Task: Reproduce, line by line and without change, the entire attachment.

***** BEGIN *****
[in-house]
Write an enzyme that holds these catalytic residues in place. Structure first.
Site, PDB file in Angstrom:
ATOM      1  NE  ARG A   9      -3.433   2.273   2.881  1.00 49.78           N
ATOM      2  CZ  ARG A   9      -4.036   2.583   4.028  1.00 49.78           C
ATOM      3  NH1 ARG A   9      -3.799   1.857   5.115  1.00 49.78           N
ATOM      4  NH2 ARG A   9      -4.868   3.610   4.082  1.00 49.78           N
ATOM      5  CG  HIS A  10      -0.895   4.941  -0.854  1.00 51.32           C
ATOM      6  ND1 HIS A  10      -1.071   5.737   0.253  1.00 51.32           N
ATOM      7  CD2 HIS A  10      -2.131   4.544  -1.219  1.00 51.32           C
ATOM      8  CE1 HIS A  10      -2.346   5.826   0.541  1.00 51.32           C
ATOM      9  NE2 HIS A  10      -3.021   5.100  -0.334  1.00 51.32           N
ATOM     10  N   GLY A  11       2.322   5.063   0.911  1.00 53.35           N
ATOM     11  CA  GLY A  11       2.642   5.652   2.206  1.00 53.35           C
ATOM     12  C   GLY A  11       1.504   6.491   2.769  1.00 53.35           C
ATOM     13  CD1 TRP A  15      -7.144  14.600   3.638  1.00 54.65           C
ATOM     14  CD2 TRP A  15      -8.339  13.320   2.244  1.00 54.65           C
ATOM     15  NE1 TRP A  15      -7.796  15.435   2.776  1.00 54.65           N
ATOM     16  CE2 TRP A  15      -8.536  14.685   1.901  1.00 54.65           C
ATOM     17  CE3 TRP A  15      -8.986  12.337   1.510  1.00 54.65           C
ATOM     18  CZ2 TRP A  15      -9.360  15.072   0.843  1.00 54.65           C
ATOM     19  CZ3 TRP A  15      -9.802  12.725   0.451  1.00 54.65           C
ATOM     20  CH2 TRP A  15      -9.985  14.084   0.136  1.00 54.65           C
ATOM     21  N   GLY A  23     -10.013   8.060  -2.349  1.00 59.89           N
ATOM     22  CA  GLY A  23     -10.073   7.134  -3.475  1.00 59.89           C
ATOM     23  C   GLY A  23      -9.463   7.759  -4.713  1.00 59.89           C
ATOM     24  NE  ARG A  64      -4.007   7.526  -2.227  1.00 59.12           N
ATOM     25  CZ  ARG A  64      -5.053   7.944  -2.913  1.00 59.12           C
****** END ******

[in-house]
Write an enzyme that holds these catalytic residues in place. Structure first.
Site, PDB file in Angstrom:
ATOM      1  NE  ARG A   9      -3.433   2.273   2.881  1.00 49.78           N
ATOM      2  CZ  ARG A   9      -4.036   2.583   4.028  1.00 49.78           C
ATOM      3  NH1 ARG A   9      -3.799   1.857   5.115  1.00 49.78           N
ATOM      4  NH2 ARG A   9      -4.868   3.610   4.082  1.00 49.78           N
ATOM      5  CG  HIS A  10      -0.895   4.941  -0.854  1.00 51.32           C
ATOM      6  ND1 HIS A  10      -1.071   5.737   0.253  1.00 51.32           N
ATOM      7  CD2 HIS A  10      -2.131   4.544  -1.219  1.00 51.32           C
ATOM      8  CE1 HIS A  10      -2.346   5.826   0.541  1.00 51.32           C
ATOM      9  NE2 HIS A  10      -3.021   5.100  -0.334  1.00 51.32           N
ATOM     10  N   GLY A  11       2.322   5.063   0.911  1.00 53.35           N
ATOM     11  CA  GLY A  11       2.642   5.652   2.206  1.00 53.35           C
ATOM     12  C   GLY A  11       1.504   6.491   2.769  1.00 53.35           C
ATOM     13  CD1 TRP A  15      -7.144  14.600   3.638  1.00 54.65           C
ATOM     14  CD2 TRP A  15      -8.339  13.320   2.244  1.00 54.65           C
ATOM     15  NE1 TRP A  15      -7.796  15.435   2.776  1.00 54.65           N
ATOM     16  CE2 TRP A  15      -8.536  14.685   1.901  1.00 54.65           C
ATOM     17  CE3 TRP A  15      -8.986  12.337   1.510  1.00 54.65           C
ATOM     18  CZ2 TRP A  15      -9.360  15.072   0.843  1.00 54.65           C
ATOM     19  CZ3 TRP A  15      -9.802  12.725   0.451  1.00 54.65           C
ATOM     20  CH2 TRP A  15      -9.985  14.084   0.136  1.00 54.65           C
ATOM     21  N   GLY A  23     -10.013   8.060  -2.349  1.00 59.89           N
ATOM     22  CA  GLY A  23     -10.073   7.134  -3.475  1.00 59.89           C
ATOM     23  C   GLY A  23      -9.463   7.759  -4.713  1.00 59.89           C
ATOM     24  NE  ARG A  64      -4.007   7.526  -2.227  1.00 59.12           N
ATOM     25  CZ  ARG A  64      -5.053   7.944  -2.913  1.00 59.12           C